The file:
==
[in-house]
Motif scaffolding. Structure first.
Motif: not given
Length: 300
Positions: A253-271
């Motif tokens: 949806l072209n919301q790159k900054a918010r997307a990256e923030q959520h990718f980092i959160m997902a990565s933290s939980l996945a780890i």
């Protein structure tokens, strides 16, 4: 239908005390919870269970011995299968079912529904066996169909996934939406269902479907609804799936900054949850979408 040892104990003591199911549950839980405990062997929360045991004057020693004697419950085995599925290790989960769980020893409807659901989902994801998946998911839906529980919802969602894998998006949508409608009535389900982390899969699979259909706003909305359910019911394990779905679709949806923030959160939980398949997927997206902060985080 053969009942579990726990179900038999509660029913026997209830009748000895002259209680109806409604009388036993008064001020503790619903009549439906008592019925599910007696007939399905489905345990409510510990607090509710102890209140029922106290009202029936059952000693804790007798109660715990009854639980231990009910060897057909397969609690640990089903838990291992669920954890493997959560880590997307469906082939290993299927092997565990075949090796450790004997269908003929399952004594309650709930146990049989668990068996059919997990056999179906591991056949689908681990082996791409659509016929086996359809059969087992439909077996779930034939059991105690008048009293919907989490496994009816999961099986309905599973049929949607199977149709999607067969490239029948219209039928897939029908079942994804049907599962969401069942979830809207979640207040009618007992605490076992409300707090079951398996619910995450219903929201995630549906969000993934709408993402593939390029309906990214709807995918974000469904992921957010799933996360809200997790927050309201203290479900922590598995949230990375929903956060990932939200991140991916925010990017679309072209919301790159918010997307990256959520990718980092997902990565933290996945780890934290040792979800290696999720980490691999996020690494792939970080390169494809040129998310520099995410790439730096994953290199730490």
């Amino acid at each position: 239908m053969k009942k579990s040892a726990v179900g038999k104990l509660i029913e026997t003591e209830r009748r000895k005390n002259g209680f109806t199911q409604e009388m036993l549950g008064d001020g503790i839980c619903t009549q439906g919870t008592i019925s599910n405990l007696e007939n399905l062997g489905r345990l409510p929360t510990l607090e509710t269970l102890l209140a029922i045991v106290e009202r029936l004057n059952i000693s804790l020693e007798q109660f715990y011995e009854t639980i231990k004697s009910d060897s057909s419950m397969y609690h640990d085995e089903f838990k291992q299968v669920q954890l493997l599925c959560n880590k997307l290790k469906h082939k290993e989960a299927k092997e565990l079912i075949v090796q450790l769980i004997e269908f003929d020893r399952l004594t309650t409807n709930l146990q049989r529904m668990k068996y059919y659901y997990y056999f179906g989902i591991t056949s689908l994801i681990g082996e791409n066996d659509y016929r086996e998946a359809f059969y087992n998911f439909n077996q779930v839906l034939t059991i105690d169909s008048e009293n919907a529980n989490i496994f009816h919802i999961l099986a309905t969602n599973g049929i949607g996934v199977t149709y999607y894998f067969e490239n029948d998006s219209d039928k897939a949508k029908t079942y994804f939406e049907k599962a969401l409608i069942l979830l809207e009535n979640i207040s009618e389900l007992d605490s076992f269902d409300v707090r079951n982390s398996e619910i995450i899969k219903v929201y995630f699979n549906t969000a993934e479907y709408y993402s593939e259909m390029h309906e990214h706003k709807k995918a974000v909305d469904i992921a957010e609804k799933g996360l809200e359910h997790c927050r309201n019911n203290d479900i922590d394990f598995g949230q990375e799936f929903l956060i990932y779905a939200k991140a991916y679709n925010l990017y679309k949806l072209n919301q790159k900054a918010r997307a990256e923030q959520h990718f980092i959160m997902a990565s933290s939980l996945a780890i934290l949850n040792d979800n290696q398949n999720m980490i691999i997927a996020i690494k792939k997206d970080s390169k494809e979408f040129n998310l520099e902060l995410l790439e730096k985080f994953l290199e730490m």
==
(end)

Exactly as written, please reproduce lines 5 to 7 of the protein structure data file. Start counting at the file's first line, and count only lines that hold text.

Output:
Positions: A253-271
């Motif tokens: 949806l072209n919301q790159k900054a918010r997307a990256e923030q959520h990718f980092i959160m997902a990565s933290s939980l996945a780890i």
């Protein structure tokens, strides 16, 4: 239908005390919870269970011995299968079912529904066996169909996934939406269902479907609804799936900054949850979408 040892104990003591199911549950839980405990062997929360045991004057020693004697419950085995599925290790989960769980020893409807659901989902994801998946998911839906529980919802969602894998998006949508409608009535389900982390899969699979259909706003909305359910019911394990779905679709949806923030959160939980398949997927997206902060985080 053969009942579990726990179900038999509660029913026997209830009748000895002259209680109806409604009388036993008064001020503790619903009549439906008592019925599910007696007939399905489905345990409510510990607090509710102890209140029922106290009202029936059952000693804790007798109660715990009854639980231990009910060897057909397969609690640990089903838990291992669920954890493997959560880590997307469906082939290993299927092997565990075949090796450790004997269908003929399952004594309650709930146990049989668990068996059919997990056999179906591991056949689908681990082996791409659509016929086996359809059969087992439909077996779930034939059991105690008048009293919907989490496994009816999961099986309905599973049929949607199977149709999607067969490239029948219209039928897939029908079942994804049907599962969401069942979830809207979640207040009618007992605490076992409300707090079951398996619910995450219903929201995630549906969000993934709408993402593939390029309906990214709807995918974000469904992921957010799933996360809200997790927050309201203290479900922590598995949230990375929903956060990932939200991140991916925010990017679309072209919301790159918010997307990256959520990718980092997902990565933290996945780890934290040792979800290696999720980490691999996020690494792939970080390169494809040129998310520099995410790439730096994953290199730490």